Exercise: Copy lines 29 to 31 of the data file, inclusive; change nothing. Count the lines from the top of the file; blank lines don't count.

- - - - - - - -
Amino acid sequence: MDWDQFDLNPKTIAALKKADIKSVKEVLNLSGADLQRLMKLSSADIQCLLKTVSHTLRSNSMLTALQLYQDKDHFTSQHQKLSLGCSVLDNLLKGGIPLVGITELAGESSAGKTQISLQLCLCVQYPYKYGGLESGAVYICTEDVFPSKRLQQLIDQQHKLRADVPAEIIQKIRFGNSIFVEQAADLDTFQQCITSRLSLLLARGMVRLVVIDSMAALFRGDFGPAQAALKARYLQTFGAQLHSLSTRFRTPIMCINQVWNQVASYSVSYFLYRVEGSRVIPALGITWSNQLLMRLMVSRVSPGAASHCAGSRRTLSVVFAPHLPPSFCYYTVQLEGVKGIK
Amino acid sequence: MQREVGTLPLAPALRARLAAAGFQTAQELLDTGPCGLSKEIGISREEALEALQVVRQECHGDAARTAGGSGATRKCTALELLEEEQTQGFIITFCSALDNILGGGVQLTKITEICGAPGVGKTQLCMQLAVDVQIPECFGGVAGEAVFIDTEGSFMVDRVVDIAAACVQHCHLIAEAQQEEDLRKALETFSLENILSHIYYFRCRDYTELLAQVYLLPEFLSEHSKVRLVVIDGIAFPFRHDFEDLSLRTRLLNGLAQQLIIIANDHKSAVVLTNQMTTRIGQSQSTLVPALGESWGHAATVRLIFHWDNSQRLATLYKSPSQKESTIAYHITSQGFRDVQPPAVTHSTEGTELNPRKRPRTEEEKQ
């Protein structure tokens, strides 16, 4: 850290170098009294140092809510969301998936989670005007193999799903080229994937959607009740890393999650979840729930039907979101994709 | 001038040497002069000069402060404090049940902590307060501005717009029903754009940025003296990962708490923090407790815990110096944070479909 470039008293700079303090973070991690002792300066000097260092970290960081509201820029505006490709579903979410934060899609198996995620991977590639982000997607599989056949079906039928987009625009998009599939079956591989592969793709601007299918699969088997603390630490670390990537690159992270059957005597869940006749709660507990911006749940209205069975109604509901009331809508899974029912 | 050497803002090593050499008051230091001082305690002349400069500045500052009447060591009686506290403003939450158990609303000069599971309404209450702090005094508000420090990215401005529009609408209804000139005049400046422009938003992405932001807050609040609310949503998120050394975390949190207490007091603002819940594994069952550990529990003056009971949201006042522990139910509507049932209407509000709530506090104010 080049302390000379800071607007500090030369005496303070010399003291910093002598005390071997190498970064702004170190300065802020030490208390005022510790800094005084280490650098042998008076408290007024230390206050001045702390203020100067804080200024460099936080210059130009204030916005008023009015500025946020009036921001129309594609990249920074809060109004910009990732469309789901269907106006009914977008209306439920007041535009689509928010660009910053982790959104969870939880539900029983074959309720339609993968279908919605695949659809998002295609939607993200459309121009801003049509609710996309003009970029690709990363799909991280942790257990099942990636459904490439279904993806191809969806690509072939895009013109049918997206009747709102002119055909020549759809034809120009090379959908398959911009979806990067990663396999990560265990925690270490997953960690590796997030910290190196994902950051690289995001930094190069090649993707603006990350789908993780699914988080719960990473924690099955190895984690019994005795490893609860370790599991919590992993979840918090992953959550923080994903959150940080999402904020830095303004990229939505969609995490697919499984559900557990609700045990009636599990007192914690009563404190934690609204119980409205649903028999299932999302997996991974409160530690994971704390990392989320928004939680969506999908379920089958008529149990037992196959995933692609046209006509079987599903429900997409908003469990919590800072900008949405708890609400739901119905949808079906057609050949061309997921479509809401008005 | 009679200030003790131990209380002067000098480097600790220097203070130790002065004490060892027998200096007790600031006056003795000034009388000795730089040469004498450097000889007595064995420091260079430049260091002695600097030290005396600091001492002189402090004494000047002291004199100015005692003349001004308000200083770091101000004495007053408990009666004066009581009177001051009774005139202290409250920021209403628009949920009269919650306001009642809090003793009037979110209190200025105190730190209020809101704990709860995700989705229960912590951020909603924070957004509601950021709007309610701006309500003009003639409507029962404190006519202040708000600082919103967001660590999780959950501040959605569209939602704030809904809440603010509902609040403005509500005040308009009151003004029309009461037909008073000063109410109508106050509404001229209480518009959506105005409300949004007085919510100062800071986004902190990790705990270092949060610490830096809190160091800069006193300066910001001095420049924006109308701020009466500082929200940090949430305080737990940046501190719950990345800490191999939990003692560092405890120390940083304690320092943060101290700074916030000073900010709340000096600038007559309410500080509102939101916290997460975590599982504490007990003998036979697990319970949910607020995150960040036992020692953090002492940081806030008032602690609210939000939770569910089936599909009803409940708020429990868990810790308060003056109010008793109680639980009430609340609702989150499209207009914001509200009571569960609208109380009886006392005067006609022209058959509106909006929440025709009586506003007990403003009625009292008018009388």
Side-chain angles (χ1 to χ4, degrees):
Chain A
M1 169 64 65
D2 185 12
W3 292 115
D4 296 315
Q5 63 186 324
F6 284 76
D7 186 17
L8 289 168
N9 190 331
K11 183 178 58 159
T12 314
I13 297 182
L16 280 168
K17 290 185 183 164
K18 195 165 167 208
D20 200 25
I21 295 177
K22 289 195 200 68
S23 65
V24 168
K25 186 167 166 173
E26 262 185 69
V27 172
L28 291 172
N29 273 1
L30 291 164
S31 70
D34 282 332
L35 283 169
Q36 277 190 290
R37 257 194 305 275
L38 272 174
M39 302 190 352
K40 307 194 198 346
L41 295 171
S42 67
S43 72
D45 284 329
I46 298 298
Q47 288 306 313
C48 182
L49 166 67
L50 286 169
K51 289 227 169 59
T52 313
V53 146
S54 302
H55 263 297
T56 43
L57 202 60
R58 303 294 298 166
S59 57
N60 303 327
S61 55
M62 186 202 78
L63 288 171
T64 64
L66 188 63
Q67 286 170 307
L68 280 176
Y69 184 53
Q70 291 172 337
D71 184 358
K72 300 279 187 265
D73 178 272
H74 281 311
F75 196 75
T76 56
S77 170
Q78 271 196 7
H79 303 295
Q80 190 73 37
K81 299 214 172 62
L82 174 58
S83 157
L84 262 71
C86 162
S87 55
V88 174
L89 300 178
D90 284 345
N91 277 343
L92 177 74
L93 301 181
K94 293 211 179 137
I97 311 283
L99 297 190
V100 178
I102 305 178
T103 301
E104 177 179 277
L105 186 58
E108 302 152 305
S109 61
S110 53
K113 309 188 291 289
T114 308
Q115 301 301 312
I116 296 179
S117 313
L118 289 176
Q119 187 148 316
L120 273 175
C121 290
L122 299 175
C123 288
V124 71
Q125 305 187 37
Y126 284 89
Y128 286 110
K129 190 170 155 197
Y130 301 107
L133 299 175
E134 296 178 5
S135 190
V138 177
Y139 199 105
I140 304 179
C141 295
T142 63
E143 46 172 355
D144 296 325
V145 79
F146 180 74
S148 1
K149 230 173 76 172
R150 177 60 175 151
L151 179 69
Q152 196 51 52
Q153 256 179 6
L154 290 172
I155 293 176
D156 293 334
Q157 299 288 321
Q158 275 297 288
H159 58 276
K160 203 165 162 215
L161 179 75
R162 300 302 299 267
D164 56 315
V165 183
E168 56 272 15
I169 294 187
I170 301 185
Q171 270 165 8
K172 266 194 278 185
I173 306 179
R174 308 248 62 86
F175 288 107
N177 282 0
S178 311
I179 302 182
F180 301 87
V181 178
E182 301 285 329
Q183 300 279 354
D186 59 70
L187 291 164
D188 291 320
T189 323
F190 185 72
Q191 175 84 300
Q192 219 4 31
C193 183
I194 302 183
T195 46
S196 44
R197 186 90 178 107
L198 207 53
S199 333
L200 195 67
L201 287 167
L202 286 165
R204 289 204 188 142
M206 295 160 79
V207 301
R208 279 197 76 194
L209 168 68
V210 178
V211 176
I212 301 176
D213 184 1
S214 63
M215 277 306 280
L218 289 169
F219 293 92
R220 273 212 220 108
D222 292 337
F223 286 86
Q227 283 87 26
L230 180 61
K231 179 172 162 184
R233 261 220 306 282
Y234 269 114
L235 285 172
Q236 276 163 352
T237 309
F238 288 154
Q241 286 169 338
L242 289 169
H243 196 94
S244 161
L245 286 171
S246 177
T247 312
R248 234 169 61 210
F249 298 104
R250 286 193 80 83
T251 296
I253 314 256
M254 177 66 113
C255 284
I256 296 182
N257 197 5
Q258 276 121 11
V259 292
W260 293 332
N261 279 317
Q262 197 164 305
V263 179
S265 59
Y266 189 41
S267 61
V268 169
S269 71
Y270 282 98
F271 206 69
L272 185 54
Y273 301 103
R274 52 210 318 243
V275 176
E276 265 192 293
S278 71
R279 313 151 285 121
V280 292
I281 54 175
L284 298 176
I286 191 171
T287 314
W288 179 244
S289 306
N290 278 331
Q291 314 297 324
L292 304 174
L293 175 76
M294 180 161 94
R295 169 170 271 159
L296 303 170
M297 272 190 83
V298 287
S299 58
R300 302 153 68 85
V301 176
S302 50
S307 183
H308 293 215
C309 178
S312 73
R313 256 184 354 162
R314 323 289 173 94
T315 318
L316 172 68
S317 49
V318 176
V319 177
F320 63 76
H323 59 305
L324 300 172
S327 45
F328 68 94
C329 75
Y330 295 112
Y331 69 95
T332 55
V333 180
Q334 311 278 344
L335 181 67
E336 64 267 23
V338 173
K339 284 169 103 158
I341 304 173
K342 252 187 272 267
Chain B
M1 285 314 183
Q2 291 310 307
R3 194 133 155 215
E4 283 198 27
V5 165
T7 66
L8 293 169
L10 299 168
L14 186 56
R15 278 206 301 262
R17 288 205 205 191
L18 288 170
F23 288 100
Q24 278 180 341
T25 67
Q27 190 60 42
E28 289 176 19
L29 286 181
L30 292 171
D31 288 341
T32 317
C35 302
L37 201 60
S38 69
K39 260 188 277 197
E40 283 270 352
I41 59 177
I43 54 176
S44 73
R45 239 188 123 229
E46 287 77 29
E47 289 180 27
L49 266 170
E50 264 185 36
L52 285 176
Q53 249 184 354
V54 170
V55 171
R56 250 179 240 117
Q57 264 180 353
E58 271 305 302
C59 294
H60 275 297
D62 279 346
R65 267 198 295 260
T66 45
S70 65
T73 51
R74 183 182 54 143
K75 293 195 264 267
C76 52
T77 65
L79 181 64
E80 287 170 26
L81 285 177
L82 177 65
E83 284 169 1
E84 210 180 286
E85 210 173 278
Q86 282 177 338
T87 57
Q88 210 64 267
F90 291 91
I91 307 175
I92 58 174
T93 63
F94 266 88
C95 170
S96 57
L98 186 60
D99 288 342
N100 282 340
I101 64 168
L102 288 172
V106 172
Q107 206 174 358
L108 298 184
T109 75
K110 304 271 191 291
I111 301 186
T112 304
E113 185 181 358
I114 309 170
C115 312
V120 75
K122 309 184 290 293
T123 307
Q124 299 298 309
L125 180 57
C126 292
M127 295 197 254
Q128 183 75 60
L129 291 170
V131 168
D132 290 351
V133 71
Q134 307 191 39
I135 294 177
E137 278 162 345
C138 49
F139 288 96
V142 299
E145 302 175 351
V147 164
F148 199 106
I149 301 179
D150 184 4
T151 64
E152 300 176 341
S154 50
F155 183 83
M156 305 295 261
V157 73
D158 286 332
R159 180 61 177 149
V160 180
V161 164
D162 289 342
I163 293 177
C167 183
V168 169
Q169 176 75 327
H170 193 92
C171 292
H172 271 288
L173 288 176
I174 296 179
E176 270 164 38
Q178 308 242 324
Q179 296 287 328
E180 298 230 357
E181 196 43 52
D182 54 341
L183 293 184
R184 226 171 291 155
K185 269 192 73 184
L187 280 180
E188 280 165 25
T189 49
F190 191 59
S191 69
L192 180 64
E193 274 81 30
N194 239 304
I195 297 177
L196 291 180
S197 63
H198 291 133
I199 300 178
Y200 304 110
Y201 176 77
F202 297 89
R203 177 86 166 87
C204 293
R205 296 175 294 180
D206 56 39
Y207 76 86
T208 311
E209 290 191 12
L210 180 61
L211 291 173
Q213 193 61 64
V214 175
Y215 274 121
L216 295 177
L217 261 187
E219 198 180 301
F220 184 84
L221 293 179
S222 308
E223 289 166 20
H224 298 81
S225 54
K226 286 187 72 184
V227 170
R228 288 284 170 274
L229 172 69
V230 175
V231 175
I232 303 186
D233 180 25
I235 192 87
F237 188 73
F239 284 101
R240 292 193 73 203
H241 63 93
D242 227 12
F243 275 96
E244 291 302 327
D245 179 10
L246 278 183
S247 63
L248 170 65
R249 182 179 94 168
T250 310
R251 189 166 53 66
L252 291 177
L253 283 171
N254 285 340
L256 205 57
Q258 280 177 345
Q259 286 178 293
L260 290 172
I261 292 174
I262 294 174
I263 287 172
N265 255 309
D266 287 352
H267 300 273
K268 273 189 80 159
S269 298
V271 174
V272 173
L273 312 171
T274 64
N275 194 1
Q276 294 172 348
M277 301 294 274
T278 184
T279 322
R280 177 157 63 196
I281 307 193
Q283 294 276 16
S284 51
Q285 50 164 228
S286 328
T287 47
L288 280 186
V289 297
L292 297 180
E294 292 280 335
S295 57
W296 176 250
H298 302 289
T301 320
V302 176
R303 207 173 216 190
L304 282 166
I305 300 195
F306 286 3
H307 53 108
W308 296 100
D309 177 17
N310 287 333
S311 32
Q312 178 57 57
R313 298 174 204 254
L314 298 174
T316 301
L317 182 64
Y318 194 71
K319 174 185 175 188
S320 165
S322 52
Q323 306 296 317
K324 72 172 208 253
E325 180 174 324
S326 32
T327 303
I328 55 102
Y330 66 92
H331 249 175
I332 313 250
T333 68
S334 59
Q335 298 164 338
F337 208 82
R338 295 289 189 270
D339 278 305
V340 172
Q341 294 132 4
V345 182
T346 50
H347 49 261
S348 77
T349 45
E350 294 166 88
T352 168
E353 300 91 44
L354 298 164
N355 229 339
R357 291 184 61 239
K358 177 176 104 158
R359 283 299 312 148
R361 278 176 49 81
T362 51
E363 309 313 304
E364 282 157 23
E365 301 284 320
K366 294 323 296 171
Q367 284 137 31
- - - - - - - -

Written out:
L28 291 172
N29 273 1
L30 291 164